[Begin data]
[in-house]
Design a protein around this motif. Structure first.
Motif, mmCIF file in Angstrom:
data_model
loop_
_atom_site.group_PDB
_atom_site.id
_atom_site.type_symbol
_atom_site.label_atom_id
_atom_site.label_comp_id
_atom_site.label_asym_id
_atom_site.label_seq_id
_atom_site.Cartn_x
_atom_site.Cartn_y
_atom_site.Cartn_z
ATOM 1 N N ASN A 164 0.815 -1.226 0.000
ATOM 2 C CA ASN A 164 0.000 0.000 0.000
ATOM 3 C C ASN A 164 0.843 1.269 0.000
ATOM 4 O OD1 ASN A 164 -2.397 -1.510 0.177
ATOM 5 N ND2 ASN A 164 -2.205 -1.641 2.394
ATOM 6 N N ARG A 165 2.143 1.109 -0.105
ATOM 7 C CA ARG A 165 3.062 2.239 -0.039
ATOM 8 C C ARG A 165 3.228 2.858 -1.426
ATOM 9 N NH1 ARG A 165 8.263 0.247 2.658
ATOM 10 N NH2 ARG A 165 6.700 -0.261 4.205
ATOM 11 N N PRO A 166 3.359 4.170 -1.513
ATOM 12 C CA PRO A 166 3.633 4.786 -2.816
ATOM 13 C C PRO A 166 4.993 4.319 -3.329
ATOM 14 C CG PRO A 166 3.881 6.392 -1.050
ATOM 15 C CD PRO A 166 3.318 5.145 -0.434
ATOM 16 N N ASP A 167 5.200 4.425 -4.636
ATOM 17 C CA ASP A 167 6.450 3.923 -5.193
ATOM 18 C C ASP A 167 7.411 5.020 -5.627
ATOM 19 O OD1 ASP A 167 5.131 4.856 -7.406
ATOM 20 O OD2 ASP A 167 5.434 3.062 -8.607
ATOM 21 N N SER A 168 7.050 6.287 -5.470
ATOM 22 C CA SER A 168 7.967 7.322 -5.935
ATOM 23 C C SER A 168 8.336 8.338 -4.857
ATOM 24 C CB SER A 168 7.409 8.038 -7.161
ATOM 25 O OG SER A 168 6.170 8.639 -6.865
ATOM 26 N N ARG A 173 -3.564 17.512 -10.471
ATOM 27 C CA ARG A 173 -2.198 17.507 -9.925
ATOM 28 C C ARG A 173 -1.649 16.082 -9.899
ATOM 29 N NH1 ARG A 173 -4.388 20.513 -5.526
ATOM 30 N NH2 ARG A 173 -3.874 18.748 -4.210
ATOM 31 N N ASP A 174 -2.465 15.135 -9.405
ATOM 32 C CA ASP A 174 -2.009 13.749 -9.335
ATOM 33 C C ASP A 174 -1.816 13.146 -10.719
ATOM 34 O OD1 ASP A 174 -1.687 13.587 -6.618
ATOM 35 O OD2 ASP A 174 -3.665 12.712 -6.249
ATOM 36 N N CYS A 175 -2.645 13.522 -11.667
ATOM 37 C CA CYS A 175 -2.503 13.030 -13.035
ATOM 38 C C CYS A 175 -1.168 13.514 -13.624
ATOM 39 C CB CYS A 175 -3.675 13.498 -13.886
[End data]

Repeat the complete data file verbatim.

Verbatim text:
[in-house]
Design a protein around this motif. Structure first.
Motif, mmCIF file in Angstrom:
data_model
loop_
_atom_site.group_PDB
_atom_site.id
_atom_site.type_symbol
_atom_site.label_atom_id
_atom_site.label_comp_id
_atom_site.label_asym_id
_atom_site.label_seq_id
_atom_site.Cartn_x
_atom_site.Cartn_y
_atom_site.Cartn_z
ATOM 1 N N ASN A 164 0.815 -1.226 0.000
ATOM 2 C CA ASN A 164 0.000 0.000 0.000
ATOM 3 C C ASN A 164 0.843 1.269 0.000
ATOM 4 O OD1 ASN A 164 -2.397 -1.510 0.177
ATOM 5 N ND2 ASN A 164 -2.205 -1.641 2.394
ATOM 6 N N ARG A 165 2.143 1.109 -0.105
ATOM 7 C CA ARG A 165 3.062 2.239 -0.039
ATOM 8 C C ARG A 165 3.228 2.858 -1.426
ATOM 9 N NH1 ARG A 165 8.263 0.247 2.658
ATOM 10 N NH2 ARG A 165 6.700 -0.261 4.205
ATOM 11 N N PRO A 166 3.359 4.170 -1.513
ATOM 12 C CA PRO A 166 3.633 4.786 -2.816
ATOM 13 C C PRO A 166 4.993 4.319 -3.329
ATOM 14 C CG PRO A 166 3.881 6.392 -1.050
ATOM 15 C CD PRO A 166 3.318 5.145 -0.434
ATOM 16 N N ASP A 167 5.200 4.425 -4.636
ATOM 17 C CA ASP A 167 6.450 3.923 -5.193
ATOM 18 C C ASP A 167 7.411 5.020 -5.627
ATOM 19 O OD1 ASP A 167 5.131 4.856 -7.406
ATOM 20 O OD2 ASP A 167 5.434 3.062 -8.607
ATOM 21 N N SER A 168 7.050 6.287 -5.470
ATOM 22 C CA SER A 168 7.967 7.322 -5.935
ATOM 23 C C SER A 168 8.336 8.338 -4.857
ATOM 24 C CB SER A 168 7.409 8.038 -7.161
ATOM 25 O OG SER A 168 6.170 8.639 -6.865
ATOM 26 N N ARG A 173 -3.564 17.512 -10.471
ATOM 27 C CA ARG A 173 -2.198 17.507 -9.925
ATOM 28 C C ARG A 173 -1.649 16.082 -9.899
ATOM 29 N NH1 ARG A 173 -4.388 20.513 -5.526
ATOM 30 N NH2 ARG A 173 -3.874 18.748 -4.210
ATOM 31 N N ASP A 174 -2.465 15.135 -9.405
ATOM 32 C CA ASP A 174 -2.009 13.749 -9.335
ATOM 33 C C ASP A 174 -1.816 13.146 -10.719
ATOM 34 O OD1 ASP A 174 -1.687 13.587 -6.618
ATOM 35 O OD2 ASP A 174 -3.665 12.712 -6.249
ATOM 36 N N CYS A 175 -2.645 13.522 -11.667
ATOM 37 C CA CYS A 175 -2.503 13.030 -13.035
ATOM 38 C C CYS A 175 -1.168 13.514 -13.624
ATOM 39 C CB CYS A 175 -3.675 13.498 -13.886